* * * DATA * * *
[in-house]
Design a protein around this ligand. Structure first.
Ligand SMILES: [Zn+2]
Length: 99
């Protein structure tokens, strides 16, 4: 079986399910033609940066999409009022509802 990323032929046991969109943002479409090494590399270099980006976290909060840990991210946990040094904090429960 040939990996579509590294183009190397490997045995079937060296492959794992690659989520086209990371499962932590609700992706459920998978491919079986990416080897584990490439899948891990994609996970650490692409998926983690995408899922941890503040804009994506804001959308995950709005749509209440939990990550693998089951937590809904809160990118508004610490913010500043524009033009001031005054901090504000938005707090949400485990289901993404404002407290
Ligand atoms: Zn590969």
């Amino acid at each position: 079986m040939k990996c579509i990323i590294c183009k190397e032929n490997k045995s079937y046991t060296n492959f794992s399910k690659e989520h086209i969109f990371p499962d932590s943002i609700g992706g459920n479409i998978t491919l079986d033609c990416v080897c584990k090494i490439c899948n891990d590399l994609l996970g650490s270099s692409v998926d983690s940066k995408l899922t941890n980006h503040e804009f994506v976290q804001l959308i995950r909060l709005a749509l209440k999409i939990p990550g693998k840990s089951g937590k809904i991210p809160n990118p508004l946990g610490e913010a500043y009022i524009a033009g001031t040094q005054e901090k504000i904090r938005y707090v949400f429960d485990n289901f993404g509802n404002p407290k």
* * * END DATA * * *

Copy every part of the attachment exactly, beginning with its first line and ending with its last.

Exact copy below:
[in-house]
Design a protein around this ligand. Structure first.
Ligand SMILES: [Zn+2]
Length: 99
């Protein structure tokens, strides 16, 4: 079986399910033609940066999409009022509802 990323032929046991969109943002479409090494590399270099980006976290909060840990991210946990040094904090429960 040939990996579509590294183009190397490997045995079937060296492959794992690659989520086209990371499962932590609700992706459920998978491919079986990416080897584990490439899948891990994609996970650490692409998926983690995408899922941890503040804009994506804001959308995950709005749509209440939990990550693998089951937590809904809160990118508004610490913010500043524009033009001031005054901090504000938005707090949400485990289901993404404002407290
Ligand atoms: Zn590969």
């Amino acid at each position: 079986m040939k990996c579509i990323i590294c183009k190397e032929n490997k045995s079937y046991t060296n492959f794992s399910k690659e989520h086209i969109f990371p499962d932590s943002i609700g992706g459920n479409i998978t491919l079986d033609c990416v080897c584990k090494i490439c899948n891990d590399l994609l996970g650490s270099s692409v998926d983690s940066k995408l899922t941890n980006h503040e804009f994506v976290q804001l959308i995950r909060l709005a749509l209440k999409i939990p990550g693998k840990s089951g937590k809904i991210p809160n990118p508004l946990g610490e913010a500043y009022i524009a033009g001031t040094q005054e901090k504000i904090r938005y707090v949400f429960d485990n289901f993404g509802n404002p407290k």